In the main building of the Swiss Federal Institute for Technology Zurich (ETH) in a guest lecture organized by the vbg Christlicher Hochschulverein Zürich (a Christian university association in Zurich) and Martin Bucer Seminary on the topic of “Ethics without God? How much Belief do Human Rights need?” (Flyer as PDF), the President of the International Council of the International Society of Human Rights and Ambassador for Human Rights of the World Evangelical Alliance, Thomas Schirrmacher, underscored the term and the message behind “human rights.”

Thomas Schirrmacher during his speech at the ETH Zurich

Thomas Schirrmacher during his speech at the ETH Zurich

The Eidgenössische Technische Hochschule Zürich (the Swiss Federal Institute for Technology Zurich, or ETH) was founded in 1855. It has more than 500 professors, 10,000 employees, and 18,600 students. Its annual budget is more than EUR 1.5 billion. 21 Nobel Prize winners have been connected with the Institute.

According to Schirrmacher, human rights are above all in the first instance antecedent to the state. Schirrmacher emphasized that this has to do with the fact that being human precedes everything else, including all institutions and worldviews. Human rights, according to Schirrmacher, are not first able to bring about meaning when they are antecedent to the state and are used as a standard placed before the state. Rather, they also only give rise to meaning when they precede religious institutions. All religions and all religious groups have to let themselves be measured against whether they promote or restrict human dignity.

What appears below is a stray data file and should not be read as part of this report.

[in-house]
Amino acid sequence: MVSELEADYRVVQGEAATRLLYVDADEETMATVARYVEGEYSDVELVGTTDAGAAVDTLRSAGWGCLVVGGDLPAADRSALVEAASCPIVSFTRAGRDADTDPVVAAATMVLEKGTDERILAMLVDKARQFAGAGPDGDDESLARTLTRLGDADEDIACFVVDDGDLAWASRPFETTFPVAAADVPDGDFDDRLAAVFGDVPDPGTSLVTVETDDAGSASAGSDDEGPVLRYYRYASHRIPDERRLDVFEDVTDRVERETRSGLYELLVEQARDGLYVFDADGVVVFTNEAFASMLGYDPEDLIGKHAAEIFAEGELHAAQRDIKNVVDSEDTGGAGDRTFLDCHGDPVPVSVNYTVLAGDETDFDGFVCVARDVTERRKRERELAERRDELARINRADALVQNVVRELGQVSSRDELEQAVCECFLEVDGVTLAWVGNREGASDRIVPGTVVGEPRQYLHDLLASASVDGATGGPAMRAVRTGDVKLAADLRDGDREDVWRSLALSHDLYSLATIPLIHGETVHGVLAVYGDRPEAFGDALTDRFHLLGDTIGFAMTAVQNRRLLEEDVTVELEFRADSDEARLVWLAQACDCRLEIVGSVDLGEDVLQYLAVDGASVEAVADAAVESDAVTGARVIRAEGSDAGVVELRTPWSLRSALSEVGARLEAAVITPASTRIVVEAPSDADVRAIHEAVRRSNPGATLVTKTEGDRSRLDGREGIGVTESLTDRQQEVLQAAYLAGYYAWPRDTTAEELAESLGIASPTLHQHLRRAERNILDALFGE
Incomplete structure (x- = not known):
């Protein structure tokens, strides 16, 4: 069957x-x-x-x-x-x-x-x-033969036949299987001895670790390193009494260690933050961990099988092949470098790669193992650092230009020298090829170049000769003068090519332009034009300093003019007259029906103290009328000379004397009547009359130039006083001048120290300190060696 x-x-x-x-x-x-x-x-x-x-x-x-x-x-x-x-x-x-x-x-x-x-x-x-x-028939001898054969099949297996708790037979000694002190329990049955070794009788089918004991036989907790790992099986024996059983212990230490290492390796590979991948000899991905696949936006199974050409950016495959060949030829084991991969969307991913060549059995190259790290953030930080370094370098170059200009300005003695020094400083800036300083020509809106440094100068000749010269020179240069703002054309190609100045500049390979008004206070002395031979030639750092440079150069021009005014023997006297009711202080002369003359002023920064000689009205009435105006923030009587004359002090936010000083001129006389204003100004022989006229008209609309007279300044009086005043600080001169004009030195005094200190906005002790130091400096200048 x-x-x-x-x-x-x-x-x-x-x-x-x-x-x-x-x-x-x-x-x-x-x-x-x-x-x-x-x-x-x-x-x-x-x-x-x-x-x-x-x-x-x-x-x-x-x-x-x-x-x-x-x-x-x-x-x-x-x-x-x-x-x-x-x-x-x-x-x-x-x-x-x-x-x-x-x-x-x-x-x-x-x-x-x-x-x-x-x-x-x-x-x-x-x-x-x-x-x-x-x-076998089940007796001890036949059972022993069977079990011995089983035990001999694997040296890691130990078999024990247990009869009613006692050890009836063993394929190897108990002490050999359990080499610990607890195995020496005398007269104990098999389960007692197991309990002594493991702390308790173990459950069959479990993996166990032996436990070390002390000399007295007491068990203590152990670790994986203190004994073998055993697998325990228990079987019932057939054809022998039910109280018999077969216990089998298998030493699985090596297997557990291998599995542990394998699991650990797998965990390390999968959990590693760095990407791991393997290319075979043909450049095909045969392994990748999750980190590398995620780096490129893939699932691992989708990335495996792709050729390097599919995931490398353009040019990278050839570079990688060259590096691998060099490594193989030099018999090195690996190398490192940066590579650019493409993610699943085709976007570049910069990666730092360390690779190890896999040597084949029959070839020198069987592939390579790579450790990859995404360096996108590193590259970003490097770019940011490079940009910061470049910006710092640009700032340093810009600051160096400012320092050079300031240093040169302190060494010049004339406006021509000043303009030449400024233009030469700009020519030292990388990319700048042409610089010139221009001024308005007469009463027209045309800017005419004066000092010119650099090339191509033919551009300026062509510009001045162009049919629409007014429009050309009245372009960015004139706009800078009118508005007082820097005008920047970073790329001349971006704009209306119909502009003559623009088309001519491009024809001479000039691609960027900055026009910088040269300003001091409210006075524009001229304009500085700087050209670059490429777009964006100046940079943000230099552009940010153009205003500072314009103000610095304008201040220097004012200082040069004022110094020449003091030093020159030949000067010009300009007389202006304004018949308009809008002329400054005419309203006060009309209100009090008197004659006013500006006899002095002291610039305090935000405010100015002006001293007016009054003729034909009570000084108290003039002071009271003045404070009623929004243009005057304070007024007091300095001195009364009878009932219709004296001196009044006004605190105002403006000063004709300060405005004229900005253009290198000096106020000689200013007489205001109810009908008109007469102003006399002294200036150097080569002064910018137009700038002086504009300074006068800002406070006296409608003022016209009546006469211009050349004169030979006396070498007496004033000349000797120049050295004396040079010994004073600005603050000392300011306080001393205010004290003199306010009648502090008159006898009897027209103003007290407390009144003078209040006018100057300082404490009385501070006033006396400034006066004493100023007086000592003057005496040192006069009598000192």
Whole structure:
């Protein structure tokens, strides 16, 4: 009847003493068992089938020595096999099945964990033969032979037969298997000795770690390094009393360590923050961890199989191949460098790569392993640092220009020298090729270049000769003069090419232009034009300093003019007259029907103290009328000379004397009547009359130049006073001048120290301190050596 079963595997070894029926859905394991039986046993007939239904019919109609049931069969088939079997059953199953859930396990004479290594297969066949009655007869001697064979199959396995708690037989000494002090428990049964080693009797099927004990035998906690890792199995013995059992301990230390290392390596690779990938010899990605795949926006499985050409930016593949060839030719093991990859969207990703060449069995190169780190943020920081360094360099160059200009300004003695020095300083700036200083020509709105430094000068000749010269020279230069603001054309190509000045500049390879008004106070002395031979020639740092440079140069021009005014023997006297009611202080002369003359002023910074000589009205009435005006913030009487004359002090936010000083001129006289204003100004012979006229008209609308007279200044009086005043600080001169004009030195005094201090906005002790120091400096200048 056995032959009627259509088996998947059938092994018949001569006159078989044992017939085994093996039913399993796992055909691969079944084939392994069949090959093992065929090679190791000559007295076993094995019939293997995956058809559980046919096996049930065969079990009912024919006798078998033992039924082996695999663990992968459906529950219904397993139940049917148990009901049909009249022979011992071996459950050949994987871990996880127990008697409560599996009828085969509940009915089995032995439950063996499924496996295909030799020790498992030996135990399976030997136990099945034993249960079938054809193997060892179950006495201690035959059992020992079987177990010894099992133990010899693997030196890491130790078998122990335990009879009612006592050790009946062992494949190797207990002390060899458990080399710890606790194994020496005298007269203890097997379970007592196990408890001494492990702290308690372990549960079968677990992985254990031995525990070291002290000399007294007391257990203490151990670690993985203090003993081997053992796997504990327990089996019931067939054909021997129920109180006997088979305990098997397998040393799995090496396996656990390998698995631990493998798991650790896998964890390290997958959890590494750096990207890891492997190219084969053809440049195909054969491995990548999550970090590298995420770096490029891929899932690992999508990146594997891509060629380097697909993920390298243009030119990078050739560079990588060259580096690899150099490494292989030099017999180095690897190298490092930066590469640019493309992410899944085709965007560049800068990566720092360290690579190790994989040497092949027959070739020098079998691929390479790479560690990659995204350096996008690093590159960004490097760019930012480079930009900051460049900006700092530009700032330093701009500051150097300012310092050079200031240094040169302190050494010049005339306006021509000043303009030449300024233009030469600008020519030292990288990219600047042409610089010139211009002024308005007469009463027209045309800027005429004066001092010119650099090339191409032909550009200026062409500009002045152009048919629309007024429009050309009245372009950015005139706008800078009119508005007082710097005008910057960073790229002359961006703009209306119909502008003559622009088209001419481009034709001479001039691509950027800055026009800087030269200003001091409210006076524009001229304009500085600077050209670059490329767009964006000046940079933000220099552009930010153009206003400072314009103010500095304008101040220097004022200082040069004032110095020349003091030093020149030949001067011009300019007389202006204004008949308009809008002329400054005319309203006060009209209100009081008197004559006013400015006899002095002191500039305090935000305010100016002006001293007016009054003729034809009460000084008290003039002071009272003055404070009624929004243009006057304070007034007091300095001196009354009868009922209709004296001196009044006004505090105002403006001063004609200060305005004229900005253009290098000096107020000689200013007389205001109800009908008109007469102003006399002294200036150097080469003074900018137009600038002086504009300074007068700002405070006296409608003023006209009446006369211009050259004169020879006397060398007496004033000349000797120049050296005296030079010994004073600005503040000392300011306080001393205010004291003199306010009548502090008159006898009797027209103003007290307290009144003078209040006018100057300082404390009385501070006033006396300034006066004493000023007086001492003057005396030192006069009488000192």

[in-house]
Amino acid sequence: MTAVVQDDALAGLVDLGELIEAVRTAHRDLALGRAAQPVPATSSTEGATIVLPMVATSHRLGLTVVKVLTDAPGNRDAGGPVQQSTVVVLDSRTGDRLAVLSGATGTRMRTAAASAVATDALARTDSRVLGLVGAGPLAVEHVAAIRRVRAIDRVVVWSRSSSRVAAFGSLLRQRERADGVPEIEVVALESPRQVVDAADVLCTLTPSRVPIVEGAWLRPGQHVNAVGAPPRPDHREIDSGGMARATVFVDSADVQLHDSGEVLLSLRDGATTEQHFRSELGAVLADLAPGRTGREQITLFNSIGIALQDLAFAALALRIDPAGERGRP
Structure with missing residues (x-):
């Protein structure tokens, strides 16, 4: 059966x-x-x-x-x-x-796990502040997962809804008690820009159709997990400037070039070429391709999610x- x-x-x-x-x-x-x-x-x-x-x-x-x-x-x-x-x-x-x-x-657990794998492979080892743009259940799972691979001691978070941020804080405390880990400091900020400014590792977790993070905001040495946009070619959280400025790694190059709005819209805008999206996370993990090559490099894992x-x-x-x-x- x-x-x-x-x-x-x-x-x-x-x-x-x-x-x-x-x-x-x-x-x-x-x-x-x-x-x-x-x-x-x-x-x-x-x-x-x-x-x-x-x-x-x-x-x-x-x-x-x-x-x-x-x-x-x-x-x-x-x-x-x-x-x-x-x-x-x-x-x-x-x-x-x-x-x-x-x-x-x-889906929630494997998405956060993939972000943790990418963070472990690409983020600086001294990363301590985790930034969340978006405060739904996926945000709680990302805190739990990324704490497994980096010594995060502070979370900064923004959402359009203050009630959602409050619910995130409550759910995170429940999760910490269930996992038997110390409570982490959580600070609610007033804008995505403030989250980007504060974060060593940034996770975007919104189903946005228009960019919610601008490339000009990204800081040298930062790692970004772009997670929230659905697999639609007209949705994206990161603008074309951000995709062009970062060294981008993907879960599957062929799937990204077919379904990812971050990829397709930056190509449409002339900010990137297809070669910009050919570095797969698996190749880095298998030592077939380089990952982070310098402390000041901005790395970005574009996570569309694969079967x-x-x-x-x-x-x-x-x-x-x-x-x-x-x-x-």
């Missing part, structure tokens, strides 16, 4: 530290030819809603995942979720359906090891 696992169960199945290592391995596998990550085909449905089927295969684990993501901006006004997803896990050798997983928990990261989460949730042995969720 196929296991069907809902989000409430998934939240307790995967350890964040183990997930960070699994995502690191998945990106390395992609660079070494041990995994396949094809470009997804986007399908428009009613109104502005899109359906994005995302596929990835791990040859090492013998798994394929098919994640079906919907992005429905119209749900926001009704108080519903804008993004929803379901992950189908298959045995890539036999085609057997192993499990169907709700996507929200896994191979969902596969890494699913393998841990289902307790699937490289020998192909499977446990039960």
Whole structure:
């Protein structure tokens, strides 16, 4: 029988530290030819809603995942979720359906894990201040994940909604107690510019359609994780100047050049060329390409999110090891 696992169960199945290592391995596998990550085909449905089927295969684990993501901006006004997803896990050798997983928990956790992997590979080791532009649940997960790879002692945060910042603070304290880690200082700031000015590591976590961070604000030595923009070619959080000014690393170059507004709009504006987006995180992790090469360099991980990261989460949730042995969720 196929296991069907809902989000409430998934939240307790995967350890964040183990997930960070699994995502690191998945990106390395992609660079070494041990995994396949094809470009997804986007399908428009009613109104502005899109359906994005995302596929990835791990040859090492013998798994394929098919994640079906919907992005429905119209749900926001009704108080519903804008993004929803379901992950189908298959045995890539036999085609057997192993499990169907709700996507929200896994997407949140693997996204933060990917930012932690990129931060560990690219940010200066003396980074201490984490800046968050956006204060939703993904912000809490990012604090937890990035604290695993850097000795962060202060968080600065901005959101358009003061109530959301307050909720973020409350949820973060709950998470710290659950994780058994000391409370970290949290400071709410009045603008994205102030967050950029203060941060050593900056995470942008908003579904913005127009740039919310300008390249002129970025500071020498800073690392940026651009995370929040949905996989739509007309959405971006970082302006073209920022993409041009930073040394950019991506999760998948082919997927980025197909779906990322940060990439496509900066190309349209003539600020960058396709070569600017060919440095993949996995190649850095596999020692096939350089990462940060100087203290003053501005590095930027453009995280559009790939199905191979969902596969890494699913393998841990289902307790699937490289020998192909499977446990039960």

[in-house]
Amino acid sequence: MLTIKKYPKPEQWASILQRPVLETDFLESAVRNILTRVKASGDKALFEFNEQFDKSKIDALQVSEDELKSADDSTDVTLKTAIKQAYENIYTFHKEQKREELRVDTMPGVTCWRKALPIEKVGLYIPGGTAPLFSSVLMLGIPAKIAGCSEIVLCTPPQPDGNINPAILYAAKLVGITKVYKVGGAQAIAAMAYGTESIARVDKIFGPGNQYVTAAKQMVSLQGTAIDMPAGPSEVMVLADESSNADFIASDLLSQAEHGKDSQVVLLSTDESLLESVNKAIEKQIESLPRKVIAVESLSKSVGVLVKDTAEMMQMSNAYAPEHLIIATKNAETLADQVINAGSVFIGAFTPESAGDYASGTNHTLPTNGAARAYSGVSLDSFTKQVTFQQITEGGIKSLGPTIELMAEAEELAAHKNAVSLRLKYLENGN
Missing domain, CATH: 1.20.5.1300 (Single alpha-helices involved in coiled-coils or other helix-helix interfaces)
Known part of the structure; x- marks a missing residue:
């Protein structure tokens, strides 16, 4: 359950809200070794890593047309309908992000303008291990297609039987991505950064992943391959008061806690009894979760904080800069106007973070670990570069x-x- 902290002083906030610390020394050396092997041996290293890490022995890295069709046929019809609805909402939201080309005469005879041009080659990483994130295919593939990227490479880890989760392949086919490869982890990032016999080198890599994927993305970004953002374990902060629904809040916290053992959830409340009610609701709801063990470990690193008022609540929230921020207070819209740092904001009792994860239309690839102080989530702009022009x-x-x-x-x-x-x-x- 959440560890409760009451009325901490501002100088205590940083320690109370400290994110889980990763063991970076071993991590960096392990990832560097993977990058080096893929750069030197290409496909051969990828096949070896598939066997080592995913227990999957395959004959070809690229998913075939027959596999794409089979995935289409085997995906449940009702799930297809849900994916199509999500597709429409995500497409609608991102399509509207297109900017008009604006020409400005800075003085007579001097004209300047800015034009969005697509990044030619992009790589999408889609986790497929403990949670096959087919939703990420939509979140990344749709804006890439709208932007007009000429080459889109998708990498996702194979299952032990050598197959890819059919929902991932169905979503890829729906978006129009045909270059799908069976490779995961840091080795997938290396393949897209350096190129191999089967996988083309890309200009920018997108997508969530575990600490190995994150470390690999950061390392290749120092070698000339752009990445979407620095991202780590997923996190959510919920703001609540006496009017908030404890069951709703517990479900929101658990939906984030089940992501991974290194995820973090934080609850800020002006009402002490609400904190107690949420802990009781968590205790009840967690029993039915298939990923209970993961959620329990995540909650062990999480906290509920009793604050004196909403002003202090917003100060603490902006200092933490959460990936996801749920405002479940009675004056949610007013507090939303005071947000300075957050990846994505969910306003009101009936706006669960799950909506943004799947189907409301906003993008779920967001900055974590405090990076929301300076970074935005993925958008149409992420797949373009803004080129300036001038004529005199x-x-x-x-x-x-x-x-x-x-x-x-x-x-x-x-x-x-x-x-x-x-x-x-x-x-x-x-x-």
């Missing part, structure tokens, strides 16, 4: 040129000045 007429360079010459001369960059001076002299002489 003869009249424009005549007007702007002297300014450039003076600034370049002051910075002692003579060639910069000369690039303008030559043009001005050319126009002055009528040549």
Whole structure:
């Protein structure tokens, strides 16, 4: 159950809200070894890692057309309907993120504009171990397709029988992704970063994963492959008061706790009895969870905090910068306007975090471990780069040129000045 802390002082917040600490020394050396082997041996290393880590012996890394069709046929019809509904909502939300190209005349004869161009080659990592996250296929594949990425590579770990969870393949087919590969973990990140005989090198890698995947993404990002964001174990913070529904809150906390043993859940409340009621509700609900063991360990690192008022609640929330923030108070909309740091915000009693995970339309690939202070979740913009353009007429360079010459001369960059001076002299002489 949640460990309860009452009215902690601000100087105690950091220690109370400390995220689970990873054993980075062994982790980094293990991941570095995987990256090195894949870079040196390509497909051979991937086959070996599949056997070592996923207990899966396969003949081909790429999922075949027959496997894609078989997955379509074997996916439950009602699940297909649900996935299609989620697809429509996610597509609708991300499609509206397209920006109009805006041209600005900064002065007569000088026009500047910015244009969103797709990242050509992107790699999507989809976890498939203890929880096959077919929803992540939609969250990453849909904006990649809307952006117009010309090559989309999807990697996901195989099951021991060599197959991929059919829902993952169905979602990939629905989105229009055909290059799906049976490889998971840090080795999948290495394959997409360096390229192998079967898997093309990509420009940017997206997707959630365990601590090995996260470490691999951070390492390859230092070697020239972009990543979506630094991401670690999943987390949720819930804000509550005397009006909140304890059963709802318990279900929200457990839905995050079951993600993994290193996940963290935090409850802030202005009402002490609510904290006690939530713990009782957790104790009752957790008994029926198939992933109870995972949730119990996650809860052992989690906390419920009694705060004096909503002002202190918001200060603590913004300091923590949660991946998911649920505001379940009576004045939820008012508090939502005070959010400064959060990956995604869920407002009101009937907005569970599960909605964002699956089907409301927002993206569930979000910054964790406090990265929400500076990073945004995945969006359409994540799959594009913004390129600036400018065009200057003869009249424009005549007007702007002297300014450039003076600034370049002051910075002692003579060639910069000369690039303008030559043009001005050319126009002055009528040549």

Thomas Schirrmacher during his speech at the ETH Zurich

Thomas Schirrmacher during his speech at the ETH Zurich

Schirrmacher, who has often spoken with many leaders of other religions about human rights during his extensive travels, said he did not wish to place a rational justification and a justification from his own religion over against each other. Instead, it is most convincing when both reach justifications that are valid for him as a Christian.

According to the scholar, who has completed a number of doctorates, the idea of human rights is indeed something peculiar. While on the one hand no one is able to agree upon a joint justification and every detailed question is a subject of spirited debate, human rights are, on the other hand, almost the sole element holding the free world together. Indeed, beyond that, Schirrmacher maintains that it is what unites humanity even if it is only paid lip service. Besides Saudi Arabia, Myanmar, Fiji, Tonga, Brunei, and the Vatican, all other countries on earth label themselves democracies with human rights standards. What’s more, the Vatican is at the same time a forerunner in issues relating to human rights.

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